Focus on the Family founder James Dobson denied in Monday’s radio broadcast an Internet report that claimed he is on the brink of endorsing Mike Huckabee for president.

Huckabee picked up several endorsements last week from religious leaders, including three former presidents of the Southern Baptist Convention, but Dobson, viewed as the most influential leader of the Religious Right, insisted he is still watching the GOP nomination race from the sidelines.

On Sunday Huckabee announced endorsements of faith leaders including Charisma Magazine founder Stephen Strang, Vision America founder Rick Scarborough, Faith2Action president Janet Fogler and Liberty University law school dean Mathew Staver.

On Friday the Huckabee campaign rolled out endorsements from former SBC presidents Jack Graham, Jimmy Draper and Jerry Vines.

Draper, retired president of LifeWay Christian Resources, said he has known Huckabee, a former pastor and past president of the Arkansas Baptist State Convention, for 30 years.

“I know him to be a man absolute integrity and sterling character,” Draper said. “He has the strength of convictions that will enable him to be a great leader.”

Vines, former pastor of First Baptist Church in Jacksonville, Fla., said he endorsed Huckabee “wholeheartedly.”

Also endorsing Huckabee were Daniel Akin, president of Southeastern Baptist Theological Seminary in Wake Forest, N.C.; Jay Strack, president and founder of Student Leadership University in Orlando, Fla.; and Billy McCormack, pastor of University Baptist Church in Shreveport, La., and founding national board member of the Christian Coalition.

An American Spectator blog Friday quoted unnamed sources saying Dobson was expected within 10 days to coordinate an endorsement plan with the former Arkansas governor’s presidential campaign.

“I’m not on the verge of endorsing anybody,” Dobson said Monday, calling the report a “made up” story and “crazy.”

Dobson said he is not endorsing Huckabee “or anybody” else at this time.

“Now I may eventually endorse somebody, but if I do it won’t be done here on Focus on the Family,” he said. “It will be done as a private individual, and more than likely it will be later in the campaign when the situation has clarified itself.”

Dobson said he is still watching the Republican candidates “very carefully.”

“I’m seeing how they hold up in a presidential campaign,” he said. “That’s a difficult road out there, and weaknesses begin to fall out and people say stupid things. They reveal untenable positions. And I’m not going to go put my name on somebody at this stage before I see how they’re going to handle that.”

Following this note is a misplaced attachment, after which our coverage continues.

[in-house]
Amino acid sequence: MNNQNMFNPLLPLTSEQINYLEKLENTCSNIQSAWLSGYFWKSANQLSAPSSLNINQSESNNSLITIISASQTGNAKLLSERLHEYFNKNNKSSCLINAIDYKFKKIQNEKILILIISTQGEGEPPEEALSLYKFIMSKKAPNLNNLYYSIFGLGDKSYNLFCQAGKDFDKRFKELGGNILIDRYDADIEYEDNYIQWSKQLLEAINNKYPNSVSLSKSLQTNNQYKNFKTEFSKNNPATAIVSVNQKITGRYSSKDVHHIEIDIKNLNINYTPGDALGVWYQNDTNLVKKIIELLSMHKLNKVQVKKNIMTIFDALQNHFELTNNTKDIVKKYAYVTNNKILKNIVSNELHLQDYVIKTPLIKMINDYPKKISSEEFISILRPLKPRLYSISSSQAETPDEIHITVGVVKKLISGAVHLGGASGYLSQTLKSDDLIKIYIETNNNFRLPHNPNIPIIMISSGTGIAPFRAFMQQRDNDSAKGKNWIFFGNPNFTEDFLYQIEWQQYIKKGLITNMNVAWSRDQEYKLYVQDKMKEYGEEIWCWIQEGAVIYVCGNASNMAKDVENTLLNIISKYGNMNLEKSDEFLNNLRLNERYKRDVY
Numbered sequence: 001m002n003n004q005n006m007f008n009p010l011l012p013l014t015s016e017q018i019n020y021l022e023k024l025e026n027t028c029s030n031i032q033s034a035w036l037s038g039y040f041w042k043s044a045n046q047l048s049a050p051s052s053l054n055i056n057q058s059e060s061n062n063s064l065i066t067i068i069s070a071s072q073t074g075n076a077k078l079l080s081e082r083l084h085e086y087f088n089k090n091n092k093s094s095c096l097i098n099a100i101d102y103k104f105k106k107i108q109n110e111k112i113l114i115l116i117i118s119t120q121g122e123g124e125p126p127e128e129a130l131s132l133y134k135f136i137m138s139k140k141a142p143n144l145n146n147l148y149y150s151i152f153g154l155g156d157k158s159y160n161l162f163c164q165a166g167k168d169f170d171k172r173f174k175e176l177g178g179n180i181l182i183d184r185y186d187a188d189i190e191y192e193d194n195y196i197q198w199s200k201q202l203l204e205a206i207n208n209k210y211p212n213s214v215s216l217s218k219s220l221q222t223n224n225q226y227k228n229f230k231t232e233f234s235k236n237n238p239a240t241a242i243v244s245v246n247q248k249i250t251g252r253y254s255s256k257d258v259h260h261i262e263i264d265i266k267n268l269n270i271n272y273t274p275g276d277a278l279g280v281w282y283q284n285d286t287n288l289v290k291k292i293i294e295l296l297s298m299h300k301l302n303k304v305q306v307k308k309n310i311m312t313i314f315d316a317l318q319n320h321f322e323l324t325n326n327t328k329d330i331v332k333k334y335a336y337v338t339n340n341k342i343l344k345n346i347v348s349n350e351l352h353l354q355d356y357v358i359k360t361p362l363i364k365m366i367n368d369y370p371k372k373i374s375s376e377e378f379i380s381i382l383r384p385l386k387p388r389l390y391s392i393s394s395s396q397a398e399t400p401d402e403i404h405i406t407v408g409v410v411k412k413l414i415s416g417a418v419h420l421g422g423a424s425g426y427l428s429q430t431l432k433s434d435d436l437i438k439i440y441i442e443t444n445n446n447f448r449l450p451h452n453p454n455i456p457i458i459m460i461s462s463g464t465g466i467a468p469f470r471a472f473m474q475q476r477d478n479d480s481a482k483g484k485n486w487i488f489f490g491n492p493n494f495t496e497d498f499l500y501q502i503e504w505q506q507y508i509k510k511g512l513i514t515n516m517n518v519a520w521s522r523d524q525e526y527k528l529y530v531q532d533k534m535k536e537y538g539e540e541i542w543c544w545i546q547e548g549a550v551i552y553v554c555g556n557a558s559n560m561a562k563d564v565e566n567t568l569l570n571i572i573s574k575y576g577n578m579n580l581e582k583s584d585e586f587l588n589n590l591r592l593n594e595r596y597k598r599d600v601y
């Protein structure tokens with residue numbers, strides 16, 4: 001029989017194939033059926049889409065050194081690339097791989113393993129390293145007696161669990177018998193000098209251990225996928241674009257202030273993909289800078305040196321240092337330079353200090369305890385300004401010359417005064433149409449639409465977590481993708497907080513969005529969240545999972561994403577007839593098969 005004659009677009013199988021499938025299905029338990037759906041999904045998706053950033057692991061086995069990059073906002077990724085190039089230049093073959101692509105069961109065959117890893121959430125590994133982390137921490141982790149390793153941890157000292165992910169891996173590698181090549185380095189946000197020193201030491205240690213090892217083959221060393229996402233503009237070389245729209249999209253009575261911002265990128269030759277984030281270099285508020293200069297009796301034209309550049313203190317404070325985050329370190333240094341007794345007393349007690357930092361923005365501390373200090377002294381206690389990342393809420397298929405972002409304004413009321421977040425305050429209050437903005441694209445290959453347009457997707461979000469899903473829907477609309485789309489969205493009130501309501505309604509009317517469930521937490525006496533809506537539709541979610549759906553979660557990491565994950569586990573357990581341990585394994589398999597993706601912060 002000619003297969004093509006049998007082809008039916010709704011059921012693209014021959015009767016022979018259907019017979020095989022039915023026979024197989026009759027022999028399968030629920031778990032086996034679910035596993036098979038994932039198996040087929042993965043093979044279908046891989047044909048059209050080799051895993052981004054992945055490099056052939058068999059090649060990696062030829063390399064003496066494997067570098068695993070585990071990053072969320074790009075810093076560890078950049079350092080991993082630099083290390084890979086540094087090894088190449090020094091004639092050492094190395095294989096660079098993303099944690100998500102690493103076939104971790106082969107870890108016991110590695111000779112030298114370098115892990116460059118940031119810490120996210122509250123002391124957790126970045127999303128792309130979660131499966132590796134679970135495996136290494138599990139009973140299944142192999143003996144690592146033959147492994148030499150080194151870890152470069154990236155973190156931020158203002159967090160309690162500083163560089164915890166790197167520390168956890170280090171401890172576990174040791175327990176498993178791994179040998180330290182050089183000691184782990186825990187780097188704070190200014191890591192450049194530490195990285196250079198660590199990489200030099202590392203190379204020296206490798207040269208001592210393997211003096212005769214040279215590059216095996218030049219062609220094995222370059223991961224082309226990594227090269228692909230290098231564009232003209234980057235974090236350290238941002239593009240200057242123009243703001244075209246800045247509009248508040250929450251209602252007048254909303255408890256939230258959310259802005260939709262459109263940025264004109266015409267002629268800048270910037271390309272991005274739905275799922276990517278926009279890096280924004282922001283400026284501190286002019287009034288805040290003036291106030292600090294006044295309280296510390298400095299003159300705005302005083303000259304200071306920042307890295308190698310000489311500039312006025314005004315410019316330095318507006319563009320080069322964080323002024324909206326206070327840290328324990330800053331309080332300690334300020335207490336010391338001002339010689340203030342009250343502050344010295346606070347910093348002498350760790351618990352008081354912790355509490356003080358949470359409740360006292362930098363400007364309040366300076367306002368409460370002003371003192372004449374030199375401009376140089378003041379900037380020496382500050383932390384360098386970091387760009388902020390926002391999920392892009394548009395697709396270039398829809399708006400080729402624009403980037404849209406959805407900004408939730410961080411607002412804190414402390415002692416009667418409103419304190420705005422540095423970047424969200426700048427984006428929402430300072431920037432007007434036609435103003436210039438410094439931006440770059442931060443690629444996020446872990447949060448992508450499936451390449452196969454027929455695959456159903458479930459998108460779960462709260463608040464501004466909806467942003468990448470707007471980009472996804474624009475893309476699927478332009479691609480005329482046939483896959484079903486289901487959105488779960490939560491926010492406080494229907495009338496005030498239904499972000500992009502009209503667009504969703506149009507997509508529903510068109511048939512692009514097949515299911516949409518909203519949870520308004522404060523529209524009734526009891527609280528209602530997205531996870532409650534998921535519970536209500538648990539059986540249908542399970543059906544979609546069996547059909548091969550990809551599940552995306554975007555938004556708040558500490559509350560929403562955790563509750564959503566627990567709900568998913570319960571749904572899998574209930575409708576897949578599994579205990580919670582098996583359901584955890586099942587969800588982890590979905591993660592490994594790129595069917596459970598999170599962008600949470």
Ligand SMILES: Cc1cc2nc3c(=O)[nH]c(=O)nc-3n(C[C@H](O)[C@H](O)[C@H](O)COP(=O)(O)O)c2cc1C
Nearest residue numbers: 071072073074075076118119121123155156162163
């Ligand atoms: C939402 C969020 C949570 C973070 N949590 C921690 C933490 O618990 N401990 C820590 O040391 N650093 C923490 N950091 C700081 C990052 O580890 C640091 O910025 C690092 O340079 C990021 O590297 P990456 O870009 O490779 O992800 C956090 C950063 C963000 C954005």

Dobson said he has indicated there are three Republican candidates he would never vote for, because of ethical and moral reasons.

“But there are four more who are pro-life and who are consistent with many of the things that I believe, and I am taking my time about seeing how that’s going to shake out,” he said. “And so that’s where we are, and why this statement is crazy.”

The American Spectator report predicted Dobson’s endorsement of Huckabee would “change the landscape” of the race for the Republican nomination by helping the candidate with fund-raising and creating a “domino effect” of other endorsements.

The American Spectator article quoted an unnamed Huckabee insider in Iowa, who said Dobson’s endorsement would be staged in that state at a rally, followed by a bus tour across the state, and an appearance by Huckabee on Dobson’s nationally heard radio show, which is heard nationally.

Dobson said it would be illegal for him to endorse a candidate on the radio, because it could cause his ministry to lose its tax-exempt status.”I know Mike Huckabee personally,” Dobson said. “I like him. We talk on the phone, and I don’t mean to be disparaging to him at all. It’s just I can’t do that. And I’m not able to do that at this time.”

Dobson aides began issuing denials of any endorsement plans shortly after the American Spectator article appeared Friday. The American Spectator updated its report to say it went back to the sources originally quoted on background, and they stood by their account.

Huckabee released a statement saying there was “no imminent campaign announcement” about Dobson’s support, and his campaign has not said there is. Huckabee said he had spoken personally to Dobson about the matter, calling Internet reports to the contrary “wild rumors.”

Dobson also complained in Monday’s broadcast about comments attributed to Ken Connor, former head of the Family Research Council, last week while he was delivering a lecture at New Orleans Baptist Theological Seminary.

In an interview with Religion News Service, Connor said leading conservatives, including Dobson, have not thrown in with Huckabee because they fear a loss of political clout if they back a long-shot candidate who doesn’t win.

“There are perceptions these guys are more concerned about being players than they are about principle,” Connor said.

Connor said religious kingmakers “have enjoyed having a seat at the table for so long” that they have at times failed to stand up for principles, and as a result have “lost credibility with their people.”

“I don’t know where the fellow is coming from, because anybody who has listened to this broadcast for more than three or four days is aware that I have given my life to this battle to defend the family, and especially the unborn child,” Dobson said.

Dobson said he hasn’t talked to Connor, even by phone, for at least three years.

“So I don’t know how he can talk about my motives,” Dobson said. “He’s psychoanalyzing me when we’ve had no contact at all. If he knows anything about me he knows that for 30 years I have been unwavering in the things that I believe.”

Bob Allen is managing editor of

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